3. Nightmare on Elm Street. And I’m talking the first one here, the truly scary film. One of the worst cinematic crimes ever committed was turning Freddy Krueger into a wise-cracking smart-ass. The Freddy that we see in the first movie and the final sequel, New Nightmare, is just a bone-chilling, calculating murderer with no remorse. I realize this is another film about loss of innocence, but is there really a more effective horror plot device? Possibly, but it’s a good one.
Charles Bernstein crafted the Nightmare on Elm Street score, and it’s a good one, featuring the effective use of synthesizers and percussive hits at just the right moment. I feel this one goes under-appreciated by a lot of people, including me, because of how deftly it’s woven into the film. I didn’t fully appreciate it until I listened to it on its own. Check out the main theme:
2. The Exorcist. More innocence lost! Alas. I’m a little too young to have quite gotten why this film was considered so terrifying at the time. I mean, yes, as a child it was quite scary, but I found other films far scarier than this one. I’m lacking the context that terrified so many people in its day, but I can appreciate their experiences second-hand and trust their judgment. I mean, I didn’t see Psycho back in the day, but I can respect it in the context of its time, so why not the Exorcist?
The soundtrack, though, that’s something that still resonates with me. Say what you will about Mike Oldfield’s Tubular Bells and songs of its ilk, but that was the right sound and the right song for both its time and this film.
1. Halloween. I mean, come on. For awhile there, not only was John Carpenter on fire with film-making, but also music-making. I won’t praise the original Halloween too much here, as I’ve done it a lot in other places, but if you’re a horror fan, you have to at least know of this film if you haven’t seen it. For better or worse, it defined the direction that horror films would take for a good portion of the 80s, and some modern films still adhere to the formula that it established, which I think says a lot. It can seem somewhat dull and formulaic now, but again, you have to consider the film’s context. Thankfully, I was just the right age to get this film’s context, and love to relive that terror year after year.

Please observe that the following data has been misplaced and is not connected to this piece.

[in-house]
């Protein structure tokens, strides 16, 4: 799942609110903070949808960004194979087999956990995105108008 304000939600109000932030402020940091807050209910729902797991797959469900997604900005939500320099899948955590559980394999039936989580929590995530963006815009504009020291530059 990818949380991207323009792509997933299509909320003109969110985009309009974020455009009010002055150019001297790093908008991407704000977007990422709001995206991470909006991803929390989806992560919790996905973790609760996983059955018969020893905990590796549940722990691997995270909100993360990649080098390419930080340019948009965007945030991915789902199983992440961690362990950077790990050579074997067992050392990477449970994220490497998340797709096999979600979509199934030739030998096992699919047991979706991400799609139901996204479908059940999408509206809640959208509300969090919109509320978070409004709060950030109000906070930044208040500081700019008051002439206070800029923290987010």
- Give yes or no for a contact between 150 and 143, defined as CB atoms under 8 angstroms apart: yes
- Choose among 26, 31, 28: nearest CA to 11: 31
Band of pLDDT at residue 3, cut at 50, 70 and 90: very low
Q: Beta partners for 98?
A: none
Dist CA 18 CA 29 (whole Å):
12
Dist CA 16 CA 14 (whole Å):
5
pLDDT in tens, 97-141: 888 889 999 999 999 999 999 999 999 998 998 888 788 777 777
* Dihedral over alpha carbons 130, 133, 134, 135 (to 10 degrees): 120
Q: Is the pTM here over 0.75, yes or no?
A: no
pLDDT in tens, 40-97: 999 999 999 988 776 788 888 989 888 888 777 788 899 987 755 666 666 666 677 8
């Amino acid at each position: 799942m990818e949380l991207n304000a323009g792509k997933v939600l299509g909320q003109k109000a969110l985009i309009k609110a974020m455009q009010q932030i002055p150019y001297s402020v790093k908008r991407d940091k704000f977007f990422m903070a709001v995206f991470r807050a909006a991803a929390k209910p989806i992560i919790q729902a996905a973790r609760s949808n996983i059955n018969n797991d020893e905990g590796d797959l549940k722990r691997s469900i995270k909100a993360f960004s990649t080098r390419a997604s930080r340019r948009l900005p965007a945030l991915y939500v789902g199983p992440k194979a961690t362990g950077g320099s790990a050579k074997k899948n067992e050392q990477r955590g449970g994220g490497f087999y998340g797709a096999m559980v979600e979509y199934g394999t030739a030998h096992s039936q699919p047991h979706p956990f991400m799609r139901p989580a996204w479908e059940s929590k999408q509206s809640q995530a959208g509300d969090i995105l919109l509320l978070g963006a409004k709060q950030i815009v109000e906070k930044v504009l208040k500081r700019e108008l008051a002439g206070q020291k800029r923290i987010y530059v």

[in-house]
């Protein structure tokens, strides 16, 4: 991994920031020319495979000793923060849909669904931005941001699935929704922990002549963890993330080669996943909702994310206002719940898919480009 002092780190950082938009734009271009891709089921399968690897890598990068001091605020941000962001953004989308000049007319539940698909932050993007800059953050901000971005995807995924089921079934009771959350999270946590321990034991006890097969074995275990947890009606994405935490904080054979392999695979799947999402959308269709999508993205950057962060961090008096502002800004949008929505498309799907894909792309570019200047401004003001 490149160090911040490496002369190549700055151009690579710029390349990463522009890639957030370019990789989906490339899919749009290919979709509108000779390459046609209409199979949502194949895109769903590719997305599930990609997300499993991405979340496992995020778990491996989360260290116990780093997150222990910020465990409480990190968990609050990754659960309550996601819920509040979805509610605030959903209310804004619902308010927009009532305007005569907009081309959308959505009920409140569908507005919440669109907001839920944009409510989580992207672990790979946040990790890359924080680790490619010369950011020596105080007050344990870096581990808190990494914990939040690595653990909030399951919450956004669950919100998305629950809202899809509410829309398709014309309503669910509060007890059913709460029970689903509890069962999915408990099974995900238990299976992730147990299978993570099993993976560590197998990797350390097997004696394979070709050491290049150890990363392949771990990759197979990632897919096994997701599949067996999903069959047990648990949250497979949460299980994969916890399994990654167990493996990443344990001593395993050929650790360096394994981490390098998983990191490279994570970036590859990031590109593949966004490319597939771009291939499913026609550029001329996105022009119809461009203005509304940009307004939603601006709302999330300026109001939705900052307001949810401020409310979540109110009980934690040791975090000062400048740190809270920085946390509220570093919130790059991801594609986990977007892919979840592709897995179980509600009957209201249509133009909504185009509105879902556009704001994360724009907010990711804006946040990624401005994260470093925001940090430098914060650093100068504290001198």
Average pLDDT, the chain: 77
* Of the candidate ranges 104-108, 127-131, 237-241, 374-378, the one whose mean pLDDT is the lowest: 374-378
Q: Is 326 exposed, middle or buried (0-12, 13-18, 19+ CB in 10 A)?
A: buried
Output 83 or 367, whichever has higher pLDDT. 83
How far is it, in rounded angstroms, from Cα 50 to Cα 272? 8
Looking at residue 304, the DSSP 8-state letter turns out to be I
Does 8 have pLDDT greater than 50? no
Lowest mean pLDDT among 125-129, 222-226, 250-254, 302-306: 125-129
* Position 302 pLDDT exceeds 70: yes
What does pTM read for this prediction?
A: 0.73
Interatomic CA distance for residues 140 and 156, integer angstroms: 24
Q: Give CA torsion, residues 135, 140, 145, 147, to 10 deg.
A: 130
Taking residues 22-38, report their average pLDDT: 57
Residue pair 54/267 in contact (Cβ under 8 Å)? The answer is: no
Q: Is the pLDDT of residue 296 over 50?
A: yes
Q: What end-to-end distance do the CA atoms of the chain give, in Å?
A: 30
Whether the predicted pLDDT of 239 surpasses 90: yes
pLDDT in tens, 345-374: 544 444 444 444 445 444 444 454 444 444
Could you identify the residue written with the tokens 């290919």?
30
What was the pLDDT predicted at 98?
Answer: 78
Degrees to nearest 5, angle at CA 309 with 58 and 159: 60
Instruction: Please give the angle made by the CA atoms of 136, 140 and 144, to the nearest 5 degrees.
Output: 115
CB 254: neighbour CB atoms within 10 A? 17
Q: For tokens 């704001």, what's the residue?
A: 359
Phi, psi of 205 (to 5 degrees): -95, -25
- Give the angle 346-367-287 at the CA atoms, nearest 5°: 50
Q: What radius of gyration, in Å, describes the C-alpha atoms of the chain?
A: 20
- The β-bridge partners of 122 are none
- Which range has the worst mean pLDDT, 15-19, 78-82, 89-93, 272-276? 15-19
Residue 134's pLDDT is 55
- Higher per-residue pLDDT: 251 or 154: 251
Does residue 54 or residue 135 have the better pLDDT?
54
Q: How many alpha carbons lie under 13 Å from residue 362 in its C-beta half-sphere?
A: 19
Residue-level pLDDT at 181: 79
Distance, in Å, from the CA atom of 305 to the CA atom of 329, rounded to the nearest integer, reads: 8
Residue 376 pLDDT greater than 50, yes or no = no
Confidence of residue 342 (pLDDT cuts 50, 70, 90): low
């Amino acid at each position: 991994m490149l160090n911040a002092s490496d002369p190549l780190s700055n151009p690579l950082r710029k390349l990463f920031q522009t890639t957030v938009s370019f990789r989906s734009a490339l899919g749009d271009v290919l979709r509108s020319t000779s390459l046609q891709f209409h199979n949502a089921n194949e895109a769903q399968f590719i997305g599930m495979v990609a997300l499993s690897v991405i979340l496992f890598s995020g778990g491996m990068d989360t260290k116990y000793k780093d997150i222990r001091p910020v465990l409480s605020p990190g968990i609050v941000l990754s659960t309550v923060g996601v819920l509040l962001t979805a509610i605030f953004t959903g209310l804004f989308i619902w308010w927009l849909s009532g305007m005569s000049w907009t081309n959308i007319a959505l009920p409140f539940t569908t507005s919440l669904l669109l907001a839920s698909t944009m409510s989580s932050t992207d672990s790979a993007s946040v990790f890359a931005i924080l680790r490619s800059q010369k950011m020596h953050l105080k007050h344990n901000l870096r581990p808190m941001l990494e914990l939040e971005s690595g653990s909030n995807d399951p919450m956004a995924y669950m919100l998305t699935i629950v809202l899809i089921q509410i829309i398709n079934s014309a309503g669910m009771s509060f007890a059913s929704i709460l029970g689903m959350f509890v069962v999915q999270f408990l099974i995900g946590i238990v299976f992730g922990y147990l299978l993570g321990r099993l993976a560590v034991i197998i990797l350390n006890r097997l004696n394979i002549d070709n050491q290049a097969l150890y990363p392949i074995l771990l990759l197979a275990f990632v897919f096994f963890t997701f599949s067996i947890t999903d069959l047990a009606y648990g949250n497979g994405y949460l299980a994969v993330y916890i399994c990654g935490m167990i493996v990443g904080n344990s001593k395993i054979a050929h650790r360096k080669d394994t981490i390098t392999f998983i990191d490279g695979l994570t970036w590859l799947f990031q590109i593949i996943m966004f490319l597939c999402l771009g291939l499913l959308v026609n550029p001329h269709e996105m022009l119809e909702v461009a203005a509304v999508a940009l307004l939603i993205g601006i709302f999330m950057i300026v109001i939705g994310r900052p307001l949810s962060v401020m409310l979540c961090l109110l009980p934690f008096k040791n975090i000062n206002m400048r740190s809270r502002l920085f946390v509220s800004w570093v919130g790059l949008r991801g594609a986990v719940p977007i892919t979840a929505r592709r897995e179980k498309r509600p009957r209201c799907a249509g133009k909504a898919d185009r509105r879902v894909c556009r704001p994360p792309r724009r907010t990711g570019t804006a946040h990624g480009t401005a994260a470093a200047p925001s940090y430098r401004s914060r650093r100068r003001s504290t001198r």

That said, this was a tough decision. I could quite easily have filled three slots here with the soundtracks from the first three films, and might even be inclined to argue that Halloween 3 had the more effective score, but I’ve always thought that movie to be under-appreciated. In the end, I just couldn’t overlook the original score for all that it did. It’s not just the haunting theme, which I submit as still one of the most effective film themes of all time. It’s little touches, like the thundering piano in this scene:
Yes, Halloween for Halloween. Fitting, I think.
So how about you? What films do you think might replace these? What other soundtracks should I dig into? Let me know in the comments.
Speaking of which, this year I’m participating in the Coffin Hop Blog Extravaganza, which brings together over 100 horror authors in a week deadicated (see what I did there) to terror, all leading up to Halloween, naturally. The Coffin Hop is not just about discovering new authors, it’s also about fun prizes. If you haven’t read to this point, here are the rules for entry: all I want is your comment. One comment is one entry, at a limit of one person per post. Don’t worry, I have at least five posts lined up for the next week so you’ll get at least five entries.
And the prizes…
Five eBooks from the Emissaries of the Strange. That’s package #1. I’m giving away three of these.
Package #2 is a complete collection of my works, including the Advance Reader Copy (ARC) of Room 3, due for release on November 12th. I’ll also happily replace your ARC once the book launches, but this is a chance to read something a bit early. I’m giving away five of these packages.
All entries must be in before Midnight EST on Halloween night. I’ll be drawing the winners on November 1st and announcing them right here. So be here for it all!